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Catcall - The WarmestPlace

Image For Catcall - The Warmest Place

Listening to The Warmest Place, it’s difficult to imagine Catcall – aka Catherine Kelleher – once fronted a rough-around-the-edges punk outfit. The Warmest Place gleams with a pristine electro-pop finish (and an icey varnish). It sounds so unquestionably slick, modern and refined that it’s poised to suck in anyone with a penchant for contemporary pop.

Single Satellites takes advantage of the production in play, a textbook earworm unfolding. Satellites ’ only drawback is, perhaps, that it’s too safe – a passive pop cliche. It doesn’t help that Kelleher is merely a competent lyricist, her expertise seemingly limited to superficial sentiments. On My Own reaffirms such a notion as Kelleher asserts “I just want to be me, I’ve got to be free”. It makes for a pretty enough chorus, but it offers little.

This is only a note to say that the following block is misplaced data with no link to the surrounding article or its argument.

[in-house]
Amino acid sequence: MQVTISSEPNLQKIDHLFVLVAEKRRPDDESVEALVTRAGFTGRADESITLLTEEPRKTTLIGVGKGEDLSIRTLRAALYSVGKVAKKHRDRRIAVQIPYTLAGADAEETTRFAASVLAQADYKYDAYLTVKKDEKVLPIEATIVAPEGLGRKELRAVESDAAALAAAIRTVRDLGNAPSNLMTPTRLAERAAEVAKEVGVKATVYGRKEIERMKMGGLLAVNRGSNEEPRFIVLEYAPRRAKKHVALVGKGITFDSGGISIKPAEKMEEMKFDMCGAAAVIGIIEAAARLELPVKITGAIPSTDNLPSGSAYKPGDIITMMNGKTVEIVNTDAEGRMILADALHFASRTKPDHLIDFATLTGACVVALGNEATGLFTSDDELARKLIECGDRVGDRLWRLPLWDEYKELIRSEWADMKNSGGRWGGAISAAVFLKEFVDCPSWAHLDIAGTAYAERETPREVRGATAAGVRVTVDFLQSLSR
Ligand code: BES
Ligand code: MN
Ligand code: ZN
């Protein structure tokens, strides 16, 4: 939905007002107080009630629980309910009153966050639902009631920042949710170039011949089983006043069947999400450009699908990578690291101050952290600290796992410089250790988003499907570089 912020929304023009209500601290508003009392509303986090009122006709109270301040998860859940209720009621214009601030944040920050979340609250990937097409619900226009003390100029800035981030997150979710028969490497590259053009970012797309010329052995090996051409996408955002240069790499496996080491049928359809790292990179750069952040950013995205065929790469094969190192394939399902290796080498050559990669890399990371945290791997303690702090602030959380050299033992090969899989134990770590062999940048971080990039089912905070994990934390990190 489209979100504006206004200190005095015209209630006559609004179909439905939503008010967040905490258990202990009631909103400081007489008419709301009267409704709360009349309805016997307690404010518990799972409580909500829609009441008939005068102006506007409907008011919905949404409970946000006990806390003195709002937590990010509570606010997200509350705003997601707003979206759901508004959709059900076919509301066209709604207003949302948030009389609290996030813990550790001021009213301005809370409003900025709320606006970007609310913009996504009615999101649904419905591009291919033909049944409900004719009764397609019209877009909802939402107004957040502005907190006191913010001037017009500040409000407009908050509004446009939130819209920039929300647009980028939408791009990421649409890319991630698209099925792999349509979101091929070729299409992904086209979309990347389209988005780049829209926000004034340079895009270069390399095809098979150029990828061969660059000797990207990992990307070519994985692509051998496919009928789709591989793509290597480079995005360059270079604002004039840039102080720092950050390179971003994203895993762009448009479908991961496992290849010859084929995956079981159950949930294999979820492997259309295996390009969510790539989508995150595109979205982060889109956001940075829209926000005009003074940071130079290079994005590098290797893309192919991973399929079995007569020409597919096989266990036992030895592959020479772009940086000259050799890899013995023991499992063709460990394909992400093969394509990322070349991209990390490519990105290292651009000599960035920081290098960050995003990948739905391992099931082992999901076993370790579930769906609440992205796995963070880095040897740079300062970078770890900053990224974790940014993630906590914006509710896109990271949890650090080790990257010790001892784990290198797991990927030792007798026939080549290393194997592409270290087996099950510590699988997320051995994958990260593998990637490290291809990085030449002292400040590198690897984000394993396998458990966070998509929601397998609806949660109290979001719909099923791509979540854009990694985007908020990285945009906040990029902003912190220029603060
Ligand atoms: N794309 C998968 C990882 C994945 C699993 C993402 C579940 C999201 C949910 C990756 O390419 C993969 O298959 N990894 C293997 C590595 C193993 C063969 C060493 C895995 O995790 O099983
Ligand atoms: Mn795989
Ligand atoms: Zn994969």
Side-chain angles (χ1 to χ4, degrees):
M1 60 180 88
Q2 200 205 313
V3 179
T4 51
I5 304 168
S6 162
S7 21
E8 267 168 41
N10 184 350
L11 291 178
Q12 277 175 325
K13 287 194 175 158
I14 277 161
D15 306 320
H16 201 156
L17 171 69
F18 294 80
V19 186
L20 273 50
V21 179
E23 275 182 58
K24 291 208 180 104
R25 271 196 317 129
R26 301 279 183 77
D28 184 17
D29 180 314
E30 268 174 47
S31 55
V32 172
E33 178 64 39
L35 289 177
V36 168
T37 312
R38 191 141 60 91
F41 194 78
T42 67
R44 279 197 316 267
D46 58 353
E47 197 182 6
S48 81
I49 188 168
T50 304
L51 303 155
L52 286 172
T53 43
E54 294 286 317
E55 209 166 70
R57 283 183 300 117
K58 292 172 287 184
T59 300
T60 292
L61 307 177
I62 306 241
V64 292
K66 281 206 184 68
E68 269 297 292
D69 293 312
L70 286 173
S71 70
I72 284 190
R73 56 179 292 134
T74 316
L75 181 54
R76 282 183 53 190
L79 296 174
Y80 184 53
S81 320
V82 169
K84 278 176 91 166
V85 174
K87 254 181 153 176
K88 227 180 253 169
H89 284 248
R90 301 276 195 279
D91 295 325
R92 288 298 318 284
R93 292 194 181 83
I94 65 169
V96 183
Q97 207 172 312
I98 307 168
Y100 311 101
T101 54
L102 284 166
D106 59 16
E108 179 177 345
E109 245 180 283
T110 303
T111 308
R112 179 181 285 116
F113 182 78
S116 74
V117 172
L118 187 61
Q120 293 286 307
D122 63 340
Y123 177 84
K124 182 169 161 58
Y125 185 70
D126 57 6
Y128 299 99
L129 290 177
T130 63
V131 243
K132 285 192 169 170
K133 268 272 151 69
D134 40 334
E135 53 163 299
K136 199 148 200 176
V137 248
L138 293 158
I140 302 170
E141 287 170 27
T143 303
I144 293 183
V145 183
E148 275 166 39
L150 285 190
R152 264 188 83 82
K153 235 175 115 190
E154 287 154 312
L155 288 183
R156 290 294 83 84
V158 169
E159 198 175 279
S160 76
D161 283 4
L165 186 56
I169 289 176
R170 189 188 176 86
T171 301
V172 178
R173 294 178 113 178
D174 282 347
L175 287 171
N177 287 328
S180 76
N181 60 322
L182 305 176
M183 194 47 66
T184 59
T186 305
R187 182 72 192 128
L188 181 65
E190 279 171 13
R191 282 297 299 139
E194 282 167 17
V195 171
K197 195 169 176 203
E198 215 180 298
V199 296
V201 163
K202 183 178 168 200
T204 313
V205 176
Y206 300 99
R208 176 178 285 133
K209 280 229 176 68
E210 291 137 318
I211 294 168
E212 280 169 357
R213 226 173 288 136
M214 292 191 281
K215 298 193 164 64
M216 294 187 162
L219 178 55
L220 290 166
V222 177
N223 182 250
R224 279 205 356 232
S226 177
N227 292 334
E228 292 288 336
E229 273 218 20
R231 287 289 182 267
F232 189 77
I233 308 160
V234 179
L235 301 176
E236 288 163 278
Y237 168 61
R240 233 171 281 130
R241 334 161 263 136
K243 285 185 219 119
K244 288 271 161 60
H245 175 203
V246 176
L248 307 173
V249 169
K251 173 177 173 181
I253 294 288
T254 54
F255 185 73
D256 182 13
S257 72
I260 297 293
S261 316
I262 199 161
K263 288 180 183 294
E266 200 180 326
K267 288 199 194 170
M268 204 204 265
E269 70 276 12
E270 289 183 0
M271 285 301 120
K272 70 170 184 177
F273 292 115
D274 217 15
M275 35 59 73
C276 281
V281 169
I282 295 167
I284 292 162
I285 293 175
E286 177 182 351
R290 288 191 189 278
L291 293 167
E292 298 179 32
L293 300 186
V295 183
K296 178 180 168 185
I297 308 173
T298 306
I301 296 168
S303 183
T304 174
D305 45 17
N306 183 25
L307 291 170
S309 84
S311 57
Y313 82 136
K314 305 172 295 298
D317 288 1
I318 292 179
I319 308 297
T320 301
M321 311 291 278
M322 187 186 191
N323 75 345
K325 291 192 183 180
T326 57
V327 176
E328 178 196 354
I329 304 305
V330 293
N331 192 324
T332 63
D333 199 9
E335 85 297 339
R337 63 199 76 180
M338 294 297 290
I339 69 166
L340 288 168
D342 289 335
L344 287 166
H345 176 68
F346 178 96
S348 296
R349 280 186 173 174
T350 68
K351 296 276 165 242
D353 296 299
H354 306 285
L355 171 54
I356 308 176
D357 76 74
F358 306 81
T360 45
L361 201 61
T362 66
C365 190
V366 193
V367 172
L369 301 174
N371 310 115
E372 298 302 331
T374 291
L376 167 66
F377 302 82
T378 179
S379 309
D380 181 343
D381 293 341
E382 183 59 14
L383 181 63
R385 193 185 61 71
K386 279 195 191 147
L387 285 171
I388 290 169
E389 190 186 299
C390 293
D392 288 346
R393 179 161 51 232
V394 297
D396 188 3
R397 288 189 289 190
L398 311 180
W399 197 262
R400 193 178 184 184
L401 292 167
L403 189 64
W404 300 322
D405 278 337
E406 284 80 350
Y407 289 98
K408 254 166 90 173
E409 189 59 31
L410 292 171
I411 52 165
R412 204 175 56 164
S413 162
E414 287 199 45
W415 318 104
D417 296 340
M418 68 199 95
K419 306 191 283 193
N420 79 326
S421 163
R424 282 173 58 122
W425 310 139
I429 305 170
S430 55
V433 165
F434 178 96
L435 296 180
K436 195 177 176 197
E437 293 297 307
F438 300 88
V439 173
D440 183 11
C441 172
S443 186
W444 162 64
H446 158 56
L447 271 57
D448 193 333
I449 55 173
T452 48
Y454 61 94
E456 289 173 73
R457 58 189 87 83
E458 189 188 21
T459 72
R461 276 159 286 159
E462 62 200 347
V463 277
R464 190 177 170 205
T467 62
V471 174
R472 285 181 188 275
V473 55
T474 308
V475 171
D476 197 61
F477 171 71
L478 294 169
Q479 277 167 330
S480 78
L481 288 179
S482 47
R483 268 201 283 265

That said, there are some remarkably powerful moments scattered throughout the album. The sublime Swimming Pool, for one, must be celebrated. Strong, assertive and super-cool, the track sports an undeniable groove and resonates well-beyond its first impressions. Swimming Pool is the go-to track in which Kelleher’s potential as a pop artist is best realised. Meanwhile, the playfully percussive Paralysed offers a nice change of pace, its hypnotic hook among the most effective the album has to offer. It’s a fun, surprising interlude and hints that The Warmest Place dares to indulge in fleeting fits of experimentation. Art Star sees Catcall flirt with guitar-chirping, cowbell-slapping funk, the left-of-field inclusion tucked away towards the tail-end of the album.

Though the potency of Kelleher’s pop proves a tad unreliable throughout but The Warmest Place is very much a satisfying debut album and Catcall is without question an exciting prospect. The best is yet to come.

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